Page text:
Opinion

Reihan Salam

To win votes, the GOP should focus on jobs, not immigration

Reihan Salam
Jan 31, 2014 19:01 UTC

One of the most curious political developments in recent memory is House Speaker John Boehner’s decision to press for a new Republican immigration bill before addressing America’s bona fide jobs crisis. Immigration reform is important. Many conservatives are convinced that unless the GOP deals with the challenges facing unauthorized immigrants who have been living and working in the country for years, it will never build trust with voters with strong ties to immigrant communities. This is no small thing in a country in which 13 percent of the population is foreign-born and another 11 percent of the population has at least one foreign-born parent.

But it’s not at all clear that passing an immigration bill will suddenly lead immigrant voters and their children to flock to the GOP, not least because it is all but guaranteed that Democrats will attack the GOP for not going far enough. If Republicans offer unauthorized immigrants legal status without citizenship, Democrats will accuse them of creating millions of second-class non-citizens. And if, as seems likely, Boehner’s immigration push will lead to a substantial increase in less-skilled immigration, it will divide the right, and for good reason.

If Republicans want to build trust with voters — foreign-born and otherwise — they ought to instead pass a serious jobs bill. In his State of the Union address, President Obama made it clear that he will use raising the federal minimum wage as a wedge issue to put GOP lawmakers on the back foot, and there is at least some reason to believe that he will succeed. A Gallup survey from late last year found that 58 percent of Republicans favored a substantial minimum wage hike, a fact that has greatly complicated conservative efforts to beat back a policy they fear will dampen future job growth. The perfect populist issue has fallen into the president’s lap, and a GOP immigration reform push will do nothing to dull its effectiveness.

The president and his allies are also stepping up the pressure on extending long-term unemployment benefits. House Republicans insist that they are open to the idea of an extension if the extension is paid for through future budget cuts. That nuance has been lost as Democrats campaign on GOP indifference to the fate of jobless Americans. The irony is not lost on conservatives who believe, and are right to believe, that the Obama administration is at least partly responsible for the plight of the long-term unemployed.

The overall number of unemployed workers in the U.S. is 10.4 million. Though some share of this unemployment is frictional — the inevitable to-ing and fro-ing of workers that you’ll see in even the healthiest economic environment — much of it is not. Across the country, there are 3.8 million Americans who have been unemployed for 27 weeks or longer. Though this number has declined since December of last year, when it was 4.7 million, it remains scandalously high. And the ravages of long-term unemployment ripple out beyond the 3.8 million or so who are directly impacted, to their extended families and even their neighbors. Democrats are increasingly turning to legalistic maneuvers to address this problem. Apart from extending long-term unemployment benefits, the Obama administration wants to ban firms from discriminating against the long-term unemployed, a policy that threatens to generate more lawsuits than job growth. Yet Democrats have benefited from the fact that the GOP has failed to unite around a jobs agenda of its own.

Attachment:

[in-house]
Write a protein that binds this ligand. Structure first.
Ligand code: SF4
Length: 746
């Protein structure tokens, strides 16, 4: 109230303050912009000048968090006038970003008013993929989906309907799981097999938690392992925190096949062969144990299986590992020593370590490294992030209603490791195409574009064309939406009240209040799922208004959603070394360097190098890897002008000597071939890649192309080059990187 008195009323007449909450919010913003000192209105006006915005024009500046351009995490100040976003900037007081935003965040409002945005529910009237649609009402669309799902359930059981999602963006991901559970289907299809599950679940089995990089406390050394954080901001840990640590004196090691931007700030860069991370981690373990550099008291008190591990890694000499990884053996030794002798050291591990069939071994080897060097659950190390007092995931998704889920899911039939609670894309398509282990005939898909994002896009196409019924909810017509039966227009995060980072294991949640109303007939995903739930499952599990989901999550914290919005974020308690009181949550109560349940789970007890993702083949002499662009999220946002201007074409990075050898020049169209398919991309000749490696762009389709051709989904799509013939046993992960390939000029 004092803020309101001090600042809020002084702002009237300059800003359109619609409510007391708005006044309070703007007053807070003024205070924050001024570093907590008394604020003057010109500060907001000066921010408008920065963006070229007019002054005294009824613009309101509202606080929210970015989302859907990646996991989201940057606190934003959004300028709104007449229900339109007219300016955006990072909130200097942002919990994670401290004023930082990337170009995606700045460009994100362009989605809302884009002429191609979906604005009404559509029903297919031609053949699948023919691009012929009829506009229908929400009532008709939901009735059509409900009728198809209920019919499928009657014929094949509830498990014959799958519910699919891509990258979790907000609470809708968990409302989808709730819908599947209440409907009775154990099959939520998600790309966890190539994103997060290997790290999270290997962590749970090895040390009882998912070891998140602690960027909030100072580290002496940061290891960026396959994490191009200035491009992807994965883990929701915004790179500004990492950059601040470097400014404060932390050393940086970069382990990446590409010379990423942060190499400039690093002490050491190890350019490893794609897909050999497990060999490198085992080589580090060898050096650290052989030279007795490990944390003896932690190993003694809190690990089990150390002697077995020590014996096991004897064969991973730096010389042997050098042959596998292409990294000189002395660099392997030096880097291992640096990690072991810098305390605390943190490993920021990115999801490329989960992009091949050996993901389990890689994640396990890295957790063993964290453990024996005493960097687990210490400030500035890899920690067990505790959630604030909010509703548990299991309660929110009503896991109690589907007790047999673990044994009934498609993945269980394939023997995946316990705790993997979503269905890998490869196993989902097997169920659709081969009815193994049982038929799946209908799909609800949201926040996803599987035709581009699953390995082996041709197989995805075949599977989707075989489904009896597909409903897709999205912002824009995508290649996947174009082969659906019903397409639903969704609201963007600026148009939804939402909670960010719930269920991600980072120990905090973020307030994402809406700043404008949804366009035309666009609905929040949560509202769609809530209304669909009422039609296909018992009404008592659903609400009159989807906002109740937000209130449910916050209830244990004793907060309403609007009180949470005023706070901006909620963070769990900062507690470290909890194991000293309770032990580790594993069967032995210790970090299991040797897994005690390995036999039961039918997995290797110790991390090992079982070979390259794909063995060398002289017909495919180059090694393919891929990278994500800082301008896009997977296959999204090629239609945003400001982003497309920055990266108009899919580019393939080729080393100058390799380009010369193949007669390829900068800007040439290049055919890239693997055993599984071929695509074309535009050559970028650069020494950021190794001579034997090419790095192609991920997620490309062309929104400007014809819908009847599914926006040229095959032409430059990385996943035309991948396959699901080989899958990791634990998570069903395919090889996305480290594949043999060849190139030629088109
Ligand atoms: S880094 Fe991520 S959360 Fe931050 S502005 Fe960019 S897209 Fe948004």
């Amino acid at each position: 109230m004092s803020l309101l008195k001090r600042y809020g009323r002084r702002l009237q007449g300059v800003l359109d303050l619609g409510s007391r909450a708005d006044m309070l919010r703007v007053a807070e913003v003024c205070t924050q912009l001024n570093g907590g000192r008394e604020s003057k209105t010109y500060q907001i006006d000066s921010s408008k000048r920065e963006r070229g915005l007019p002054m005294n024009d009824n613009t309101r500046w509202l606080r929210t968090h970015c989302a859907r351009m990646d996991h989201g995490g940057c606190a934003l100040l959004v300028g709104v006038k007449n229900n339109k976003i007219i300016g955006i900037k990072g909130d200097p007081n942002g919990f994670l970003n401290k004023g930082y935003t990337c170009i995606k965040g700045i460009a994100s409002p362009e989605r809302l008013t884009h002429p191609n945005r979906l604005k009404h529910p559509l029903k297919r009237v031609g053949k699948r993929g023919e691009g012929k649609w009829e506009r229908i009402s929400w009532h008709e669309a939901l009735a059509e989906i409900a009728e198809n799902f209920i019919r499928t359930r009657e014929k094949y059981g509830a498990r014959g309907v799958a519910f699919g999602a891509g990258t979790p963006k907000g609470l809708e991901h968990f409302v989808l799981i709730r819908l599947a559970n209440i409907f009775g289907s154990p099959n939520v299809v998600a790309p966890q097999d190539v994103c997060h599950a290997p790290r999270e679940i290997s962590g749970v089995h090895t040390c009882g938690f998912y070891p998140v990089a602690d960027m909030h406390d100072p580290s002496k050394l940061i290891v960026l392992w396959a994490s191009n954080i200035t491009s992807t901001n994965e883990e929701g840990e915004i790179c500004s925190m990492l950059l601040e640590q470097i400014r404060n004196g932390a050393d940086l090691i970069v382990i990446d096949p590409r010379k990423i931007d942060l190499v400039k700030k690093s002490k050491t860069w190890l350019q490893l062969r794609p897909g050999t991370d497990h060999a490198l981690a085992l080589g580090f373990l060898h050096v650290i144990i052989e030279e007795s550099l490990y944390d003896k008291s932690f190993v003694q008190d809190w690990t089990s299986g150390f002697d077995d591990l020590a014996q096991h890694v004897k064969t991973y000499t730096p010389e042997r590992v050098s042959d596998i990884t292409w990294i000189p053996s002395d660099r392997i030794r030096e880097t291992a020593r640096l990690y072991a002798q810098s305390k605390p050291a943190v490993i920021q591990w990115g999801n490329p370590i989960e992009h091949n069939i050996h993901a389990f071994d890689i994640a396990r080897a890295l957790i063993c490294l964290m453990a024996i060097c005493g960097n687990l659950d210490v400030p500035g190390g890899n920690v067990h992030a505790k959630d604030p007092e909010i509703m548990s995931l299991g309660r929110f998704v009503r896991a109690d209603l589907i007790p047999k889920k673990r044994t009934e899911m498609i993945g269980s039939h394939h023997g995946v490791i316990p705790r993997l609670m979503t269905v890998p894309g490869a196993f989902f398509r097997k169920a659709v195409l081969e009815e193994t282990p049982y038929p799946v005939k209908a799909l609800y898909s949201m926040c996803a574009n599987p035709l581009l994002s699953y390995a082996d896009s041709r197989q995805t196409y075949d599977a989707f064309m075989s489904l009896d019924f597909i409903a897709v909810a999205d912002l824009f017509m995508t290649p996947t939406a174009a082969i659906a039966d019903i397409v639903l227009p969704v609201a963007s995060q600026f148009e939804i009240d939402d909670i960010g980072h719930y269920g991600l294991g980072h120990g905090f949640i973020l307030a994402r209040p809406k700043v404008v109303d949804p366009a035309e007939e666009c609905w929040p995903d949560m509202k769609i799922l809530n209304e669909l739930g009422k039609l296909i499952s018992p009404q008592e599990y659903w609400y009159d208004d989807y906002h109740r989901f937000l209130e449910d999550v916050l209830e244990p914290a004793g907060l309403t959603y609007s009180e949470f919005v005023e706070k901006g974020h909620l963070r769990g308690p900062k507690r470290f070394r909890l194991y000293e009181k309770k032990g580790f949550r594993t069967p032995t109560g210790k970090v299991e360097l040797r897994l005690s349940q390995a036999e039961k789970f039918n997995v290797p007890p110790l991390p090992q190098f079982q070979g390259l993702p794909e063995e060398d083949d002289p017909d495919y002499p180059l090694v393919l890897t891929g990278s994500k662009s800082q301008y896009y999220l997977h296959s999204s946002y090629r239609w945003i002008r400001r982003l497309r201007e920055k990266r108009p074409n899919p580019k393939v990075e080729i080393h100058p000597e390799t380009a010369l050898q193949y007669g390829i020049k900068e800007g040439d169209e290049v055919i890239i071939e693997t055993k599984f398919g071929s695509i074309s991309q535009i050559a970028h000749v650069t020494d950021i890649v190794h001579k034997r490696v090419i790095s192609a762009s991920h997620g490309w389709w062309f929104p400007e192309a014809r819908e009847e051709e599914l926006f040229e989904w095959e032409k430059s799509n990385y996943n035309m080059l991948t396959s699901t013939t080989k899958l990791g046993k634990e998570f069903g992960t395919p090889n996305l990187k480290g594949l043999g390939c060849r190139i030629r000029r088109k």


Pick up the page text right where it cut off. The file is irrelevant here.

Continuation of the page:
Why New Jersey and Virginia matter to the GOP — and its future with black voters

Reihan Salam
Nov 1, 2013 19:27 UTC

Next week’s election will be an important one for the future of the GOP. In New Jersey, Republican Gov. Chris Christie is up for re-election, and by all accounts he is set to defeat his Democratic opponent, state Sen. Barbara Buono, by a wide margin. Christie is widely considered a serious candidate for the Republican presidential nomination in 2016, and his ability to win support among independents and Democrats in his home state will be a central part of his appeal.

But in Virginia, it increasingly looks as though Terry McAuliffe, an entrepreneur and investor best known as a political ally of former President Bill Clinton, will defeat Ken Cuccinelli, a staunch conservative much admired by the Tea Party right. At least some conservative activists saw Cuccinelli, who as Virginia’s attorney general played a leading role in constitutional challenges against the Affordable Care Act and other Obama administration initiatives, as a potential presidential contender. A bruising defeat against McAuliffe will put an end to such talk.